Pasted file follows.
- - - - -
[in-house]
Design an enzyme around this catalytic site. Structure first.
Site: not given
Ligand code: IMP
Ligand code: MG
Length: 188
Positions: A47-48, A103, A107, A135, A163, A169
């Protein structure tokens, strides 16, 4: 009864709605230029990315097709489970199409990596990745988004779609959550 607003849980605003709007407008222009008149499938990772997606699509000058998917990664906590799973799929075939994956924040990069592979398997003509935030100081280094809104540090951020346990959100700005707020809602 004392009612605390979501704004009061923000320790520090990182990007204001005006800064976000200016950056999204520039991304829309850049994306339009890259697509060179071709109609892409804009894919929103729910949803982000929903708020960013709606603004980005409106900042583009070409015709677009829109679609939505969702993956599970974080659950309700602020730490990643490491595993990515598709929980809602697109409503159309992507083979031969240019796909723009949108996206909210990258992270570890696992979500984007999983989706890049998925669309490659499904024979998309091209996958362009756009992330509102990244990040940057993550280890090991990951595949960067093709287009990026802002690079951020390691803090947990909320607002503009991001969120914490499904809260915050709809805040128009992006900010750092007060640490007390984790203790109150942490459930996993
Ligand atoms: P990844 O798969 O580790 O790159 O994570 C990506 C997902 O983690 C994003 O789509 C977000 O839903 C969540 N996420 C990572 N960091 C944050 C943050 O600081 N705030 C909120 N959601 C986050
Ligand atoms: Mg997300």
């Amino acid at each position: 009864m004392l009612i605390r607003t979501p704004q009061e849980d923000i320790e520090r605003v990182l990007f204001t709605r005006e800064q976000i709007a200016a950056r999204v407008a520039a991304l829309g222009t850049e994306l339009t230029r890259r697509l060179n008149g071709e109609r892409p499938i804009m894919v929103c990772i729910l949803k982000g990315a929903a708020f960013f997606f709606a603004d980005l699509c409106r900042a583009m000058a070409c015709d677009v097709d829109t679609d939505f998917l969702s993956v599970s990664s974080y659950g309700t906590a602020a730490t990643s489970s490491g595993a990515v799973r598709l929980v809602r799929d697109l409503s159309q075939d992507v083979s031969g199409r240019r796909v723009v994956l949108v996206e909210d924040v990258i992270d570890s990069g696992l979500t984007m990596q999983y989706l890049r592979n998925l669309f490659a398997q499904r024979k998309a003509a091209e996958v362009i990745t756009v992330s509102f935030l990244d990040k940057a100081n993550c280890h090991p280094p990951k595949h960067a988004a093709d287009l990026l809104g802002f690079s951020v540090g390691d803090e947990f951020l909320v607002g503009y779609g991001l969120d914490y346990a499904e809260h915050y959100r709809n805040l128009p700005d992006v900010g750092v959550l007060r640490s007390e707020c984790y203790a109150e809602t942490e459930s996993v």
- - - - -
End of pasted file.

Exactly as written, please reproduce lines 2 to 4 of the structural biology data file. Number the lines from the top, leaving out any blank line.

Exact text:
Design an enzyme around this catalytic site. Structure first.
Site: not given
Ligand code: IMP